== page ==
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Last active Aug 20, 2020
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Daydreaming about a shell syntax that embeds ocaml code and vice-versa
# Guiding principle: a shell is a domain-specific language for handling
# files and processes. These core features shall be served by a dedicated
# and already familiar syntax. Traditional programming control structures
# on the other hand are hard to use and limited in traditional shell
# languages. For this, we shall use a proper programming language, one that
# checks statically for basic programming mistakes, allows the use of rich
# data structures, and integrates well in large applications.
# Language properties:
# - shell-friendly syntax following the principle of minimum surprise:
# if it looks like valid shell syntax, it must either behave like a user
# would expect from a shell or let the user know it's invalid.
# - compiles to plain OCaml (or other typed language).
# - interoperates easily with the target language (OCaml), allowing
# mixing of files in the same project.
# - mixing syntaxes in the same file should be possible, but not required
# for simple shell scripts.
# - can produce a standalone executable.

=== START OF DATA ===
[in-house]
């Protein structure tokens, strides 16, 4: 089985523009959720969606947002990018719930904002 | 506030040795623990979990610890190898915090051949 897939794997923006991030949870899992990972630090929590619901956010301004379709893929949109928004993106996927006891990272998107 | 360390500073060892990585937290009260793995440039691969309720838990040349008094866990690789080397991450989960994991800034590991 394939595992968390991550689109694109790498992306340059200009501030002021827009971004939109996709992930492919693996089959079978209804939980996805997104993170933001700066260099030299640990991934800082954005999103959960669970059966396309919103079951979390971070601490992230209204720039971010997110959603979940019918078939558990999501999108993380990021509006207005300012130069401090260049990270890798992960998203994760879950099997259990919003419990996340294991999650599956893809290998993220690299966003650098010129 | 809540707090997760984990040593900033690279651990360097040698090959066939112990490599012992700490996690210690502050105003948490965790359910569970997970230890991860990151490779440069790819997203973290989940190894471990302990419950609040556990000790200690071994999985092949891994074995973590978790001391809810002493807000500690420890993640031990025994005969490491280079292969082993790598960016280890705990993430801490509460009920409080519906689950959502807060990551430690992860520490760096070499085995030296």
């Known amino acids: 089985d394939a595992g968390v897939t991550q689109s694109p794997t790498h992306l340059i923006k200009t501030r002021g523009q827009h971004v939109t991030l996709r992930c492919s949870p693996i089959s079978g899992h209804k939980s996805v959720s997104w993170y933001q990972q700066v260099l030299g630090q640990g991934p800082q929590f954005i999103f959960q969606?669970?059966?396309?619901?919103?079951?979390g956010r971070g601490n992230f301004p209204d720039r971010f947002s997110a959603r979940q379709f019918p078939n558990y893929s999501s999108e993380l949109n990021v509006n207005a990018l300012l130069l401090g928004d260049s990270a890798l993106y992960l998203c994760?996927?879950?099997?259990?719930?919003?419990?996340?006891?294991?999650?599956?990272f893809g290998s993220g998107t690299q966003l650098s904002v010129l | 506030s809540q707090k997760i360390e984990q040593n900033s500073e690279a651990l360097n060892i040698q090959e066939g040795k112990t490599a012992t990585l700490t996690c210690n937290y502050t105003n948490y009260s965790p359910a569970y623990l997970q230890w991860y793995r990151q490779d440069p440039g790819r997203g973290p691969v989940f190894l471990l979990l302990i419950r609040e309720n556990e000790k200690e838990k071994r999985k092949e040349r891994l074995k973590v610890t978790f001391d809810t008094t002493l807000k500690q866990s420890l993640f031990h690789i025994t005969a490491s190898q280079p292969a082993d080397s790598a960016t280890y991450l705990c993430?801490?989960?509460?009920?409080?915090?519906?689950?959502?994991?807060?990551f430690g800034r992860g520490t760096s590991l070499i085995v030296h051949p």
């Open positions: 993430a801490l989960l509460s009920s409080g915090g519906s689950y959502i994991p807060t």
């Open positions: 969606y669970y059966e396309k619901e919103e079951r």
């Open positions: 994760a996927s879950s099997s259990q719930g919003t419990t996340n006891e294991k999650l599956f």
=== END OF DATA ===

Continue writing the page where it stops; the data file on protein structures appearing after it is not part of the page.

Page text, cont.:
# - allows typed function definitions, i.e. wrapping around external
# commands.
# - 'ocaml' is a reserved keyword in shell and 'shell' is a reserved
# keyword in ocaml.
# - shell commands may be created in pure ocaml, without calling an
# external executable.
# - the arguments of shell commands are not typed, due to the simple shell
# syntax. They're the usual argv array of strings.
# Here we put common external commands in scope (cat, cp, ls, ...). They are
# to be found in $PATH at call time. These are ocaml values of type 'cmd'.
# For example, the '' ocaml value has type 'Shell.cmd',
# which can be used as command names in shell pipelines.
ocaml { open Shell.Coreutils }
# Non-standard commands must be declared. The 'cmd' syntax used below
# expands to ocaml code like 'let nano = Shell.wrap_command "nano"':
cmd nano
# Define an arbitrary function (embed a plain ocaml snippet)
ocaml {
let add a b =
a + b
# Define a function that itself embeds shell syntax
ocaml {
let find_filenames dir =
(* 'readlist' is a shell builtin similar to 'readarray' in bash.
Returns an ocaml value of type 'string list'. *)
shell {
find dir | xargs basename | sort -u | readlist
# Type error: 'add' is not a shell command.
echo 'yo' | add
# Prompt user.
echo -n 'Enter file name: '
# Read a line of input.
outfile=$(head -n1)
# Write something to a file.
# Note: no need for quotes around '$outfile', even if it contains
# whitespace (just a shell wart we're getting rid of).
echo 'hello' > $outfile.txt
echo world >> $outfile.txt
# Write a loop.
ocaml {
let lines = shell { readlist < $outfile.txt } in
List.iter (fun line -> Printf.printf "line: %s\n" line) lines
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